The following tools are excellent resources for the content planning stage and provide a wealth of actionable information:
Provides a breakdown of the top results per searched term as well as on page structure (H1,H2, H3), metadata and an audit of all on page links.
Provides an organised view of which questions searchers are asking about a specific topic, and also the hierarchy of how those questions are linked together.
This tool looks at autocomplete data from search engines and quickly provides large listings of phrases and questions that people are asking related to your target keyword or topic.
Socrates uses a combination of various Google suggest sites, as well as People Also Asked questions, with search trends data.
All resources above allow for data exporting, meaning an extensive data research file can be compiled on any topic you wish to target. These resources can simplify the content planning stage through data based decision making.
Keyword lists are provided during the research stage based on targeting parameters and requirements. Each list is researched and scored to identify targeting opportunities based on multiple criteria such as search volume, competitiveness etc. The keywords are then tagged based on any intent modifiers in order to segment targeting by intent stage and to maximise impact.
When a keyword list has been used for a project stage, it is important to highlight any terms used as the primary page target within the document. This helps to ensure no retargeting of the same term takes place and avoid any keyword cannibalization issues down the line.
Keyword lists are updated frequently, and identifying already targeted terms helps improve the process and also to initiate keyword tracking within campaign structures when required.
This is where overlapping keywords are identified within a keyword list and grouped to target on a singular page to maximise organic traffic for a topic.
This helps ensure that multiple pages are not produced for a series of keywords which can then end up competing for each other for traffic.
Semantic keywords should also be applied to a page where possible, these are terms that google likes to see present based on the target topic and highlights how extensively a topic is covered based on content which currently ranks in SEARCH.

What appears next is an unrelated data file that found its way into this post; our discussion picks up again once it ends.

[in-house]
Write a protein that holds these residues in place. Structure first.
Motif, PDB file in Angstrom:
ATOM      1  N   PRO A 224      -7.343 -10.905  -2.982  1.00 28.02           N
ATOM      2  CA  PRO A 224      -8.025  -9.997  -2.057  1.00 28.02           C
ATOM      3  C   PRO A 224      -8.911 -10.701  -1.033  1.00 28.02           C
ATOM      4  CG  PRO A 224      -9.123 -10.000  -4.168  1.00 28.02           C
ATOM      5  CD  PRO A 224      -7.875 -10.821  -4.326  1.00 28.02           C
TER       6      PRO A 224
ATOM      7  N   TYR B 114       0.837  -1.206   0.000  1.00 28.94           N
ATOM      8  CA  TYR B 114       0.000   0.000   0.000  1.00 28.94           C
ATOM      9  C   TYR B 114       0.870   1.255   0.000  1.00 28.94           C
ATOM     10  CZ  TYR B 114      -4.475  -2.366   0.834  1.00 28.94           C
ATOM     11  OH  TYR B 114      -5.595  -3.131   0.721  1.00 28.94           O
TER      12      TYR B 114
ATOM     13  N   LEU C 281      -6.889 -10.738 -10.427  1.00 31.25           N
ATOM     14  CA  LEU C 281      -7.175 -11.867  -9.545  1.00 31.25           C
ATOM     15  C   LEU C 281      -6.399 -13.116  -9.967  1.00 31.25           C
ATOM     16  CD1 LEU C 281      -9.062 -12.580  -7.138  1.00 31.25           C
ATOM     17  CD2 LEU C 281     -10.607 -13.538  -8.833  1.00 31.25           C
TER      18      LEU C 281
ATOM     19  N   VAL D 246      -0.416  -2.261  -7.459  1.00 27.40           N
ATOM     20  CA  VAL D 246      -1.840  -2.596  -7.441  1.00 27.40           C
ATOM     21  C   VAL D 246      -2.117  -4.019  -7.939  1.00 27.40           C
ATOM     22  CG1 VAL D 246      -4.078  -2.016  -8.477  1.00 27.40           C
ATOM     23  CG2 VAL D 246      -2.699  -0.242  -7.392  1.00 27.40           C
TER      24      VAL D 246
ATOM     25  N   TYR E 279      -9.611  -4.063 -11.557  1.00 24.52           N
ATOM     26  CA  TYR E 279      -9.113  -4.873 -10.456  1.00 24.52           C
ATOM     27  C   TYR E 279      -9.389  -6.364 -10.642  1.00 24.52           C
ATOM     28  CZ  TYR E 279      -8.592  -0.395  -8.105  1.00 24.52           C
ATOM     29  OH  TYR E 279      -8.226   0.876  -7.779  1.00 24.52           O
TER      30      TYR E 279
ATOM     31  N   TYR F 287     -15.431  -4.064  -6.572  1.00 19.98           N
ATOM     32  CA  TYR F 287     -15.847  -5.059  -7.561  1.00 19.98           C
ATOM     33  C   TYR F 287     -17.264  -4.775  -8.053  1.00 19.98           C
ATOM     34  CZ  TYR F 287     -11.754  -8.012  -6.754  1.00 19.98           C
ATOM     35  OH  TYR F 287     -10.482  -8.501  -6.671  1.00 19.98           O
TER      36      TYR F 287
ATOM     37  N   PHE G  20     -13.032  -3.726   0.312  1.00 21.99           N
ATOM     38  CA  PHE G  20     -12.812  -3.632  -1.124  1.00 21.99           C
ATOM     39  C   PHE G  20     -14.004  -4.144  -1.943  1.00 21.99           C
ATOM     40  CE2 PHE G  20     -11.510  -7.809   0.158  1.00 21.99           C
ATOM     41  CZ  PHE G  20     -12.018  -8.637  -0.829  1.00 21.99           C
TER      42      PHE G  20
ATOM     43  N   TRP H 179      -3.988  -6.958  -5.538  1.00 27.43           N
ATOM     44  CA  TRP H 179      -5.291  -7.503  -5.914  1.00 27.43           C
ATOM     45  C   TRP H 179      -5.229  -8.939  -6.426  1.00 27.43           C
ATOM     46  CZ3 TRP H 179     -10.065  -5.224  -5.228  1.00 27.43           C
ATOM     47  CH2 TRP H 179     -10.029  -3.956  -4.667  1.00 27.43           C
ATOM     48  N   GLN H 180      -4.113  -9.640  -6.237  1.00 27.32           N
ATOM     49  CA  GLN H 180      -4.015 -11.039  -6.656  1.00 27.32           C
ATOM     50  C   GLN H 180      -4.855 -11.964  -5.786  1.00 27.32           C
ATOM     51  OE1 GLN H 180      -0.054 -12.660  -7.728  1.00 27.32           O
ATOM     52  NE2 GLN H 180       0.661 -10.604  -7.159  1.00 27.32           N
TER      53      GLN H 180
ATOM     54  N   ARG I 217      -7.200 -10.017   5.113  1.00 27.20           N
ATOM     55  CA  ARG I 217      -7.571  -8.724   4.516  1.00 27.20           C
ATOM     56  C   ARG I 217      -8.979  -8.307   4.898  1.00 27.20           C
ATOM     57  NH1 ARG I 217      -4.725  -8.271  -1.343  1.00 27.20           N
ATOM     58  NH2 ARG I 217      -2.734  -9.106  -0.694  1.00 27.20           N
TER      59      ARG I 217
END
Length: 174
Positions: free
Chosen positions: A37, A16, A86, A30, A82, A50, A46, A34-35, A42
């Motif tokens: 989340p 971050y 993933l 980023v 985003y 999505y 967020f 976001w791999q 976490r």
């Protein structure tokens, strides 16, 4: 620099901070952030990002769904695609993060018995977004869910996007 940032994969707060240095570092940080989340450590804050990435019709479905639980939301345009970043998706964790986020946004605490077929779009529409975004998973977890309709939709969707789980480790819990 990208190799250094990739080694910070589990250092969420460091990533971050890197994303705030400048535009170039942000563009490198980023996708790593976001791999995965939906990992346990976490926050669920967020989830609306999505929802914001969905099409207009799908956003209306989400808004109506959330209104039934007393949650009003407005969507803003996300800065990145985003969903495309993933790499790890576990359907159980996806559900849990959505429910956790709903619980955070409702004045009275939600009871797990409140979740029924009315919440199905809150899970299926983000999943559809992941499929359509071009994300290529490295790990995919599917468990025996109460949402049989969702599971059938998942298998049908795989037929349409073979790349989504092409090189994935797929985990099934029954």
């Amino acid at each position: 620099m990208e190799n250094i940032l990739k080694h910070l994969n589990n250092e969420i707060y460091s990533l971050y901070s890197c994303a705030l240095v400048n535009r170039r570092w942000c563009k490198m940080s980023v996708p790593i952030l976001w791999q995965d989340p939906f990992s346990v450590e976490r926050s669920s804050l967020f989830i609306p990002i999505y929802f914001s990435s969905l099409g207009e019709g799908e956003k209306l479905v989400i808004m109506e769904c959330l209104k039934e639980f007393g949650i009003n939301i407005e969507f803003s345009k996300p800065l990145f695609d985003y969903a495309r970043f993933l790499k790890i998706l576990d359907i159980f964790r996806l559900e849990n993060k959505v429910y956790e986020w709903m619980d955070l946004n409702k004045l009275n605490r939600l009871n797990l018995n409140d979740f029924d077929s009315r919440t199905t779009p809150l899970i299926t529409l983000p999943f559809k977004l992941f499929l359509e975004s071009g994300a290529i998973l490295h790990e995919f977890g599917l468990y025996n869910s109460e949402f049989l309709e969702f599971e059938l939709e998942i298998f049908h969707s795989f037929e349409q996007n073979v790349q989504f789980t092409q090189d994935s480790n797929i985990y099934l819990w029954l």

Lists of semantic terms are provided to the content writer during the research phase along with keyword lists and trending topic analysis.
It is important to always place natural language at the forefront of page optimization. Key terms are used when appropriate and should never be placed in circumstances where they do not sound natural (keyword stuffing).
During the research phase, keyword lists are provided to content writers along with trending topic lists and lists of trending questions.
Each webpage and the content that is placed on it should be focused on user intent. Your content will vary depending on what stage of a customer journey your reader is at. And so should your keywords.
When targeting a specific keyword term, the SEO team will provide a data set of keywords which fall under this overall target. The keyword list will be categorized so as that the list can be filtered into the three primary targets of intent.
This will allow for the mapping of individual articles which can be produced to tackle a customer at each buyer stage.
This process has two elements, internal and external.
Internal: what content do we have internally that already covers this topic - this ensures we do not create keyword cannibalization issues as well as help to optimise a content clustering strategy approach in terms of linking.